This book was absolutely amazing! Not only was it very well written but it was witty and full of information....information that we as modern women wonder how our early sisters coped. Gail Collins is a fabulous writer who does not find it neccesary to plague one with over used words that come straight from the thesauraus. This book is original and I highly recommend it as a read for all women.Was this review helpful? Yes NoThank you for your feedback. Report this reviewThank you, this review has been flagged.
Posted December 1, 2005
A must read for all women! Fascinating reading with anecdotal stories to humanize women thru the ages. Was on my daughter's high school reading list. Hope more young women pick this one up.Was this review helpful? Yes NoThank you for your feedback. Report this reviewThank you, this review has been flagged.
Posted March 21, 2005
full of humor and wit! very informative and intresting, i was captivated and absoulutley could not put it down! I higly reccomend this book to anyone , an intersting glimpse and perspective into the history of women.Was this review helpful? Yes NoThank you for your feedback. Report this reviewThank you, this review has been flagged.
Posted February 13, 2005
A general view of women in America. The style of writing is quirky and intresting, adding life to what can appear as a dull subject. Good source for those who think women's history is boring or does not matter. Basic and general in level, but a fun read.Was this review helpful? Yes NoThank you for your feedback. Report this reviewThank you, this review has been flagged.
Posted June 12, 2004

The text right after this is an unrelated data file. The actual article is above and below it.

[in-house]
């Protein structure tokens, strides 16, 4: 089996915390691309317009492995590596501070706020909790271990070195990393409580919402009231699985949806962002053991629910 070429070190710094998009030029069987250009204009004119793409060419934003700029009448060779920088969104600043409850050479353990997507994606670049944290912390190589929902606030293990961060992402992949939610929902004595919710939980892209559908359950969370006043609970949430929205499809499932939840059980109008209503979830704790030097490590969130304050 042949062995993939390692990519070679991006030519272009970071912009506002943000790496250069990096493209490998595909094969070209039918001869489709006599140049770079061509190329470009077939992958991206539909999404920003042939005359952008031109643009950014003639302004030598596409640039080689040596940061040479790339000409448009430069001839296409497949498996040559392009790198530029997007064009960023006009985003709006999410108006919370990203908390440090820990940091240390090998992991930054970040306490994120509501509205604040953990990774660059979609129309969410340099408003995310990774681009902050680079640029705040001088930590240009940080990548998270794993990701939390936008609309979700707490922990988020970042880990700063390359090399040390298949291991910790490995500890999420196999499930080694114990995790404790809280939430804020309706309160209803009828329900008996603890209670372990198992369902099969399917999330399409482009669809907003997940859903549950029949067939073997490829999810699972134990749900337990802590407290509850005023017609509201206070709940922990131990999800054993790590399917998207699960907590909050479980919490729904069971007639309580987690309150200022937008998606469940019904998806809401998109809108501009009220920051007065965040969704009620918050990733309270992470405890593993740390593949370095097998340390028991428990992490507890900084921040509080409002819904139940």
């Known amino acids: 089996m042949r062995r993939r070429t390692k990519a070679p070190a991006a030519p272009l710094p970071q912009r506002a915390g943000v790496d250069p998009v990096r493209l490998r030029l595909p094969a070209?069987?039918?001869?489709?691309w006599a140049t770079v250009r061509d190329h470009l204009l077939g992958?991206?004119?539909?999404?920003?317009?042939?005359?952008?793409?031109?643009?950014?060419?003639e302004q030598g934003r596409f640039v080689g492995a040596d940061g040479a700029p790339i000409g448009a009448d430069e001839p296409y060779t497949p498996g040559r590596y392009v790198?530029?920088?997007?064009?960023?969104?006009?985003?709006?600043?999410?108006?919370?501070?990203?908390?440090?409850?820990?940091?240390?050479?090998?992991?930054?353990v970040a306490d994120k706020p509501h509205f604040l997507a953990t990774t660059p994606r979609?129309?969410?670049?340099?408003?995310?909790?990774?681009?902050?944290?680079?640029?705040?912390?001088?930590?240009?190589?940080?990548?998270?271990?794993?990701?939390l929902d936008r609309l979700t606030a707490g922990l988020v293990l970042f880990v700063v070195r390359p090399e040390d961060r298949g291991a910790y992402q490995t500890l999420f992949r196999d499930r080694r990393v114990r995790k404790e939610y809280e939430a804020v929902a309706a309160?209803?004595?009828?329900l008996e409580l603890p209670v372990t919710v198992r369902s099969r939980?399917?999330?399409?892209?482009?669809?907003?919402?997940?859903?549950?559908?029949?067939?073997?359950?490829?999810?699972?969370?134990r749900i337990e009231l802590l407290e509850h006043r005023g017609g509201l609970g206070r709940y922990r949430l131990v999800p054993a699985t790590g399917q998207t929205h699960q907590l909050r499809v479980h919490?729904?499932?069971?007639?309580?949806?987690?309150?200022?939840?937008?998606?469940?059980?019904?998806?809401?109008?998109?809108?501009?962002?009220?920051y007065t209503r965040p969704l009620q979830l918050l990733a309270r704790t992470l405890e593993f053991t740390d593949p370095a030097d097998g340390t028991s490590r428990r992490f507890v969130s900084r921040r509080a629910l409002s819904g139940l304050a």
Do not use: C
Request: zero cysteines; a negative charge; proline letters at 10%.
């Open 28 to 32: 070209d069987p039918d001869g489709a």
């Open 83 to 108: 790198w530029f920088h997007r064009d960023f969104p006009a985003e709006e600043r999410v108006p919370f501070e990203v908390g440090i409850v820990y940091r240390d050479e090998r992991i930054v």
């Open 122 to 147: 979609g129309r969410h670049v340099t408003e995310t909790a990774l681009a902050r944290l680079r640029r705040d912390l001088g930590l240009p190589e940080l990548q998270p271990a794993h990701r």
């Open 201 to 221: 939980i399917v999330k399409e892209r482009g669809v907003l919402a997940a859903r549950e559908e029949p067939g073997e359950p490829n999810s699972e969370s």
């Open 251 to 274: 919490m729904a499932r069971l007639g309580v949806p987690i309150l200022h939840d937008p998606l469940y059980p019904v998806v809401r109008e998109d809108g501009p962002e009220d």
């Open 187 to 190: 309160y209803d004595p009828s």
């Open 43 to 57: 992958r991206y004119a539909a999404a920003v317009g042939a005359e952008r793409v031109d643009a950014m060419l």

Posted March 16, 2004
i picked up this book at the college bookstore in Colonial Williamsburg,while on vacation. what a rich history of american women in a very readable style.well worth the investment.Was this review helpful? Yes NoThank you for your feedback. Report this reviewThank you, this review has been flagged.
Posted May 8, 2004
I had to read this book for my Women, Wages & Work class. I dreaded starting it, but once I did, I found it was a great read! I learned tons of things I had never known about women and the way they lived. I would recommend this book to anyone, not just women! Collins is a very entertaining writer -- I plan to look for and read any other books she's written! Get this one and enjoy!Was this review helpful? Yes NoThank you for your feedback. Report this reviewThank you, this review has been flagged.
Posted January 27, 2004
What a wonderful book! I couldn't put it down. So much information, I have learned so much from reading this book. It was so descriptive that I hardly put it down. I wish it was a textbook in my class when I was a history major!Was this review helpful? Yes NoThank you for your feedback. Report this reviewThank you, this review has been flagged.
Posted February 15, 2004
The book was OK. Yes, I would recommend this book to people. I am a history-like person, considering that I am old and ancient.HAHA! Well, like I said this book is OK. Have a tremendous time reading it!Was this review helpful? Yes NoThank you for your feedback. Report this reviewThank you, this review has been flagged.
Posted February 22, 2004
Take a trip through time and meet America's women from the celebrated suffragist to the unknown Indian. Long after you finish the book, these brave women will linger in your heart & mind. Kudos to Collins who skillfully collapses 400 years into 400 pages. Very readable and engaging.Was this review helpful? Yes NoThank you for your feedback. Report this reviewThank you, this review has been flagged.
Posted November 26, 2003
This book was great. It is enjoyable and keeps you wanting to learn more. There is a lot the author has to offer her readers and she does it without you feeling like you are in a history class. Highly recommended.Was this review helpful? Yes NoThank you for your feedback. Report this reviewThank you, this review has been flagged.
Posted November 26, 2003
This book is filled with tons surpises so far and can't wait to finish it. I can't wait to see what pictures where in there. I personally think men should read this as well. Its like American Girls books and Penny Colman's Girls. I really like Miss Collins writing, I reach I could read her collums in the NY Times, my family gets it everyday. Thank you.Was this review helpful? Yes NoThank you for your feedback. Report this reviewThank you, this review has been flagged.
Posted January 2, 2010
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Posted January 11, 2010